Ayurveda is the science of alchemy and transformation. Digestion is where the act of transformation occurs in our body. In yoga and ayurvedic medicine we call this our digestive fire or Jathra agni. The food impacts us differently depending upon the taste (rasa) on our tongue and the heating or cooling quality of the food (virya). You may have even noticed how certain foods you could eat with ease as a kid do not have the same effect in your 30s, and changes again in your 50s, right? The impact of that food on your digestive fire is different as you are under a different dosha stage of life.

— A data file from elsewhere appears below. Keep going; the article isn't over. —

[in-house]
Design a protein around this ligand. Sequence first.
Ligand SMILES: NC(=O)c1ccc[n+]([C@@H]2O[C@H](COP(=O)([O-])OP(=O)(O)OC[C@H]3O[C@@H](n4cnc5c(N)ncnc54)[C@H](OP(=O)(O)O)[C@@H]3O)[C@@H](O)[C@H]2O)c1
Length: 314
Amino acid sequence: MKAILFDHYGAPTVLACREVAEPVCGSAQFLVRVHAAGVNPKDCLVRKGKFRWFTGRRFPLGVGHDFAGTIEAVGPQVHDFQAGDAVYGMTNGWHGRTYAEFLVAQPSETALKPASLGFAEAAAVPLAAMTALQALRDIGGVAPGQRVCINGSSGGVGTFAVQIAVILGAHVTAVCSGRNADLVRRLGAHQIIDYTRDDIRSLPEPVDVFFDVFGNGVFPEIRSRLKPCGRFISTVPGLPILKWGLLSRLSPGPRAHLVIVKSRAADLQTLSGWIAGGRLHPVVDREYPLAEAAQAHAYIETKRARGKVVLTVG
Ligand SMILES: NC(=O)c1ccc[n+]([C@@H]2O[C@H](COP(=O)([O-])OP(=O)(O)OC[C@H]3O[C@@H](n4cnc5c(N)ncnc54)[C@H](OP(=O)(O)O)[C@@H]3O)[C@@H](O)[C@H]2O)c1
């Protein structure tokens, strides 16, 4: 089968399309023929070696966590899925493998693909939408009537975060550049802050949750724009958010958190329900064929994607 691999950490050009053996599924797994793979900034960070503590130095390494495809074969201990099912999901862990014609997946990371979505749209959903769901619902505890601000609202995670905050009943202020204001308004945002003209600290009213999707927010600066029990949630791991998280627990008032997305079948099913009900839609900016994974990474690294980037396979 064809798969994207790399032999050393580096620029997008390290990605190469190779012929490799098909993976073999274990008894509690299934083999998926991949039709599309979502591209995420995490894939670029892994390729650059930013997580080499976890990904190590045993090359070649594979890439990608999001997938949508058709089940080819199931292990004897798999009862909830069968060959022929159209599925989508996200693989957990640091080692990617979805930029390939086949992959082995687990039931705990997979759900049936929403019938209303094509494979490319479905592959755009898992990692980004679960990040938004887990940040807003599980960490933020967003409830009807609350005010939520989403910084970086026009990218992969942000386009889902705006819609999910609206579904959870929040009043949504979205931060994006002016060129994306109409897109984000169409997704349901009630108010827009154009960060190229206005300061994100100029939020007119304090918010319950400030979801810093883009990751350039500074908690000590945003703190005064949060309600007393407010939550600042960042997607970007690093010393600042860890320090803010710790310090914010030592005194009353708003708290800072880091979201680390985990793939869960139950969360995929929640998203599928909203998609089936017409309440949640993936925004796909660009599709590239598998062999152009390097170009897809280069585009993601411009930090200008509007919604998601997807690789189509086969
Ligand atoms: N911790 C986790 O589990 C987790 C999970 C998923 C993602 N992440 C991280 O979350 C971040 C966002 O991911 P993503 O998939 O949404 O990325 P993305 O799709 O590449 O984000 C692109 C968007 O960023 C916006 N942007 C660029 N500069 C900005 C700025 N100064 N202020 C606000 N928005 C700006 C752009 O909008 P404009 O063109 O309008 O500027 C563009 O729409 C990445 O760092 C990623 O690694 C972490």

We tend to like what is most like us! If we have more kapha in our constitution (water and earth) we might tend to like gooey, sweet and heavy foods. The doshic clock informs us that we all have more kapha in our childhood and you can see this in the diet many American children request of their parents. They enjoy milk, mac and cheese, lots of bread and nut butters—sweet, gooey and building tastes and foods. In our middle years we all have a bit more fire in our nature and many of us turn to stimulants and depressants like coffee and wine or beer to help us tame or stimulate that fire. We often create “issues in our tissues,” as our food consumption aggravates our dosha by confusing our digestion. Dysfunctional digestion creates symptoms, and over time we get sick. Proper feeding of our digestive fire with tasty foods compromising all the elements or six tastes (sweet, sour, salty, pungent, bitter and astringent) will produce health and balance.